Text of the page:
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Neurology. 2006 Feb 14;66(3):344-8.

Familial risk of migraine: variation by proband age at onset and headache severity.

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Center for Health Research and Rural Advocacy, Geisinger Health System, Baltimore, MD, USA.



It is well established that migraine aggregates within families. Less is known about the influence of proband characteristics (e.g., age at onset, headache severity) on familial aggregation.


To examine the association between the proband's migraine severity and age at migraine onset and familial aggregation of migraine.


The authors investigated the migraine prevalence in first-degree relatives of 532 persons with migraine and control subjects in a population study. Familial aggregation was expressed as the risk of migraine in family members of probands divided by risk in control family members.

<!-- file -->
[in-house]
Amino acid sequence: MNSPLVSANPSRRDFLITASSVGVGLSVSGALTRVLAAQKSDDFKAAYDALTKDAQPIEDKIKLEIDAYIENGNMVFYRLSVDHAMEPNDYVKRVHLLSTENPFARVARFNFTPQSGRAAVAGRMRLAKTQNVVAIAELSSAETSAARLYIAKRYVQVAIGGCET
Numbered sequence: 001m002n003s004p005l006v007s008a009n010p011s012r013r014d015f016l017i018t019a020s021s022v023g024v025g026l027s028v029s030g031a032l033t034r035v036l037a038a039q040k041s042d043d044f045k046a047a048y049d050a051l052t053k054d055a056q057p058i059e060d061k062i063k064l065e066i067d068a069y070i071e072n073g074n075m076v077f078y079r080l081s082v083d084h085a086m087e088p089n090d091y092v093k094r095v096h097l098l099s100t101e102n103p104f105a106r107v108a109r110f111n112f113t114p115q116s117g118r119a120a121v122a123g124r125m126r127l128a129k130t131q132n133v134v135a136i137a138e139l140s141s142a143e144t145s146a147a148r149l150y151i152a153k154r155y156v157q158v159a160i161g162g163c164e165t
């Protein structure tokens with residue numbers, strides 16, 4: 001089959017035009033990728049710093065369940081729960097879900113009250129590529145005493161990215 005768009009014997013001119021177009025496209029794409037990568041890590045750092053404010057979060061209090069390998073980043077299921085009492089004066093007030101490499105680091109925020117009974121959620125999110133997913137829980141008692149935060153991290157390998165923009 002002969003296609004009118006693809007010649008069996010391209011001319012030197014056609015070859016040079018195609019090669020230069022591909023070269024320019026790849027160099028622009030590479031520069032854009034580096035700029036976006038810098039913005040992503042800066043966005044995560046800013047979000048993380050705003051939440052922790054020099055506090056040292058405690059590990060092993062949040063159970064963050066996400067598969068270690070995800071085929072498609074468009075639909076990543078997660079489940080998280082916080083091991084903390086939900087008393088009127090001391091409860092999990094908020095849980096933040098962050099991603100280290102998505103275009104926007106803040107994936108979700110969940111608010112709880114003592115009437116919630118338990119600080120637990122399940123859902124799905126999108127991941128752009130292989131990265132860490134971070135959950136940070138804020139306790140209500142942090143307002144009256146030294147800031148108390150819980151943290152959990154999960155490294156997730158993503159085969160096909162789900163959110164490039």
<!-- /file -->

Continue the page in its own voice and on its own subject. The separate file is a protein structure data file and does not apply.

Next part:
The relative risk (RR) of migraine in first-degree relatives of migraine probands was elevated compared with family members of controls (RR = 1.88; 95% CI: 1.30 to 2.72). The RR was also significantly higher for relatives of probands reporting onset of migraine before age 16 (2.50; 95% CI: 1.65 to 3.79) compared with those with onset at age 16 or older (1.44; 95% CI: 0.93 to 2.23). Among probands with very severe average pain scores (i.e., 9 to 10 on a 0 to 10 scale), the RR of migraine in family members was 2.38 (95% CI: 1.56 to 3.62) compared with 1.52 (0.99 to 2.34) for less severe pain (p < 0.05).


Early onset of migraine in the proband as well as the severity of migraines are associated with higher levels of family aggregation.

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